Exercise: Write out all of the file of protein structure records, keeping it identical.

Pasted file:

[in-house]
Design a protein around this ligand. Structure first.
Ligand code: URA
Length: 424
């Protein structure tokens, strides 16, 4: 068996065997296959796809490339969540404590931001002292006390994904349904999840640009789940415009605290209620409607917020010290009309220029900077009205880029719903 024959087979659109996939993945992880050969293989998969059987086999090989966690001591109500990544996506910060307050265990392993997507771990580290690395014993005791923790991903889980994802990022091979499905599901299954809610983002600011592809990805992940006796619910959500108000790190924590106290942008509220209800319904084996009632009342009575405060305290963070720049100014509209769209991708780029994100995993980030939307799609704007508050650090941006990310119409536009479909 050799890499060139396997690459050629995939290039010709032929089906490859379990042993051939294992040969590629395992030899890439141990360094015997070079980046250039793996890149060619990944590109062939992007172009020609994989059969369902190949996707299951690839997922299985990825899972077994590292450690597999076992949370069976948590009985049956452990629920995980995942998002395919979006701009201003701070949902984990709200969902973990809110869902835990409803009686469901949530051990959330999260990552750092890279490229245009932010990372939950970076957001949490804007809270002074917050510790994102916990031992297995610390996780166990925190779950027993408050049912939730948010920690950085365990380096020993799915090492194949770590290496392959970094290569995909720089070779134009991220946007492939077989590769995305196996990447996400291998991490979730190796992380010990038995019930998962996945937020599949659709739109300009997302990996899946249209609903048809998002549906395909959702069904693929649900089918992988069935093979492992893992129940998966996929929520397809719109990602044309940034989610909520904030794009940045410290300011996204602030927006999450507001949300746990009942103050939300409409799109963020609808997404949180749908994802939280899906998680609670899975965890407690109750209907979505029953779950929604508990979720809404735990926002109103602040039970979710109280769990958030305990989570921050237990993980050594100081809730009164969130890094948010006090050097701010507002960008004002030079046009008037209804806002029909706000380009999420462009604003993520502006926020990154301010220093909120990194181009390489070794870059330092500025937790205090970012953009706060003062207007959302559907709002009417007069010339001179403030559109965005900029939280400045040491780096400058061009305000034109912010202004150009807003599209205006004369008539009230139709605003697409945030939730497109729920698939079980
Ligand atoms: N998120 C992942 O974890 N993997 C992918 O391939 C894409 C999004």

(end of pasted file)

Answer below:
[in-house]
Design a protein around this ligand. Structure first.
Ligand code: URA
Length: 424
């Protein structure tokens, strides 16, 4: 068996065997296959796809490339969540404590931001002292006390994904349904999840640009789940415009605290209620409607917020010290009309220029900077009205880029719903 024959087979659109996939993945992880050969293989998969059987086999090989966690001591109500990544996506910060307050265990392993997507771990580290690395014993005791923790991903889980994802990022091979499905599901299954809610983002600011592809990805992940006796619910959500108000790190924590106290942008509220209800319904084996009632009342009575405060305290963070720049100014509209769209991708780029994100995993980030939307799609704007508050650090941006990310119409536009479909 050799890499060139396997690459050629995939290039010709032929089906490859379990042993051939294992040969590629395992030899890439141990360094015997070079980046250039793996890149060619990944590109062939992007172009020609994989059969369902190949996707299951690839997922299985990825899972077994590292450690597999076992949370069976948590009985049956452990629920995980995942998002395919979006701009201003701070949902984990709200969902973990809110869902835990409803009686469901949530051990959330999260990552750092890279490229245009932010990372939950970076957001949490804007809270002074917050510790994102916990031992297995610390996780166990925190779950027993408050049912939730948010920690950085365990380096020993799915090492194949770590290496392959970094290569995909720089070779134009991220946007492939077989590769995305196996990447996400291998991490979730190796992380010990038995019930998962996945937020599949659709739109300009997302990996899946249209609903048809998002549906395909959702069904693929649900089918992988069935093979492992893992129940998966996929929520397809719109990602044309940034989610909520904030794009940045410290300011996204602030927006999450507001949300746990009942103050939300409409799109963020609808997404949180749908994802939280899906998680609670899975965890407690109750209907979505029953779950929604508990979720809404735990926002109103602040039970979710109280769990958030305990989570921050237990993980050594100081809730009164969130890094948010006090050097701010507002960008004002030079046009008037209804806002029909706000380009999420462009604003993520502006926020990154301010220093909120990194181009390489070794870059330092500025937790205090970012953009706060003062207007959302559907709002009417007069010339001179403030559109965005900029939280400045040491780096400058061009305000034109912010202004150009807003599209205006004369008539009230139709605003697409945030939730497109729920698939079980
Ligand atoms: N998120 C992942 O974890 N993997 C992918 O391939 C894409 C999004």